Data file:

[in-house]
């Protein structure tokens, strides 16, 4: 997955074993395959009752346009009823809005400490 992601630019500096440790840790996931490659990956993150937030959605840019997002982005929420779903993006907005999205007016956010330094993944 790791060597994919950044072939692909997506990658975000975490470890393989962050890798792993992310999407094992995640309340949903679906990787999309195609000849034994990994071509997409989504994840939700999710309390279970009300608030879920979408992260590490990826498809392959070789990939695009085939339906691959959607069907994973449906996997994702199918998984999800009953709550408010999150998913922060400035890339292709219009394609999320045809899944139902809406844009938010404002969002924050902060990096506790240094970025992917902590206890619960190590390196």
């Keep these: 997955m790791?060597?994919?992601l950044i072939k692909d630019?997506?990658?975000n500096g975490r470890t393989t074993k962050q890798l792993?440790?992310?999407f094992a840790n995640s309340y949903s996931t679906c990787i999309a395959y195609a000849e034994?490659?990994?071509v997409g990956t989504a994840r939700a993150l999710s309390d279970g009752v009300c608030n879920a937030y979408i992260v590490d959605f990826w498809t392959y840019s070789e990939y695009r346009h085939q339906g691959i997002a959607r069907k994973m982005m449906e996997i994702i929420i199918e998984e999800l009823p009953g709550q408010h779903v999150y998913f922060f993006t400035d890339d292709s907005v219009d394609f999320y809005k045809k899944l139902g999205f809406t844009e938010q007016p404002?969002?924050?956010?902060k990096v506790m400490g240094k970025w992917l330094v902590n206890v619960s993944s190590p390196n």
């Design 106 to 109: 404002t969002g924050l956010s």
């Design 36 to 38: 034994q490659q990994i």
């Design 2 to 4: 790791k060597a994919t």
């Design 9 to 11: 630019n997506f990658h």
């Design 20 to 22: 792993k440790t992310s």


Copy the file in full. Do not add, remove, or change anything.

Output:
[in-house]
């Protein structure tokens, strides 16, 4: 997955074993395959009752346009009823809005400490 992601630019500096440790840790996931490659990956993150937030959605840019997002982005929420779903993006907005999205007016956010330094993944 790791060597994919950044072939692909997506990658975000975490470890393989962050890798792993992310999407094992995640309340949903679906990787999309195609000849034994990994071509997409989504994840939700999710309390279970009300608030879920979408992260590490990826498809392959070789990939695009085939339906691959959607069907994973449906996997994702199918998984999800009953709550408010999150998913922060400035890339292709219009394609999320045809899944139902809406844009938010404002969002924050902060990096506790240094970025992917902590206890619960190590390196």
């Keep these: 997955m790791?060597?994919?992601l950044i072939k692909d630019?997506?990658?975000n500096g975490r470890t393989t074993k962050q890798l792993?440790?992310?999407f094992a840790n995640s309340y949903s996931t679906c990787i999309a395959y195609a000849e034994?490659?990994?071509v997409g990956t989504a994840r939700a993150l999710s309390d279970g009752v009300c608030n879920a937030y979408i992260v590490d959605f990826w498809t392959y840019s070789e990939y695009r346009h085939q339906g691959i997002a959607r069907k994973m982005m449906e996997i994702i929420i199918e998984e999800l009823p009953g709550q408010h779903v999150y998913f922060f993006t400035d890339d292709s907005v219009d394609f999320y809005k045809k899944l139902g999205f809406t844009e938010q007016p404002?969002?924050?956010?902060k990096v506790m400490g240094k970025w992917l330094v902590n206890v619960s993944s190590p390196n």
């Design 106 to 109: 404002t969002g924050l956010s």
């Design 36 to 38: 034994q490659q990994i």
């Design 2 to 4: 790791k060597a994919t």
């Design 9 to 11: 630019n997506f990658h």
């Design 20 to 22: 792993k440790t992310s």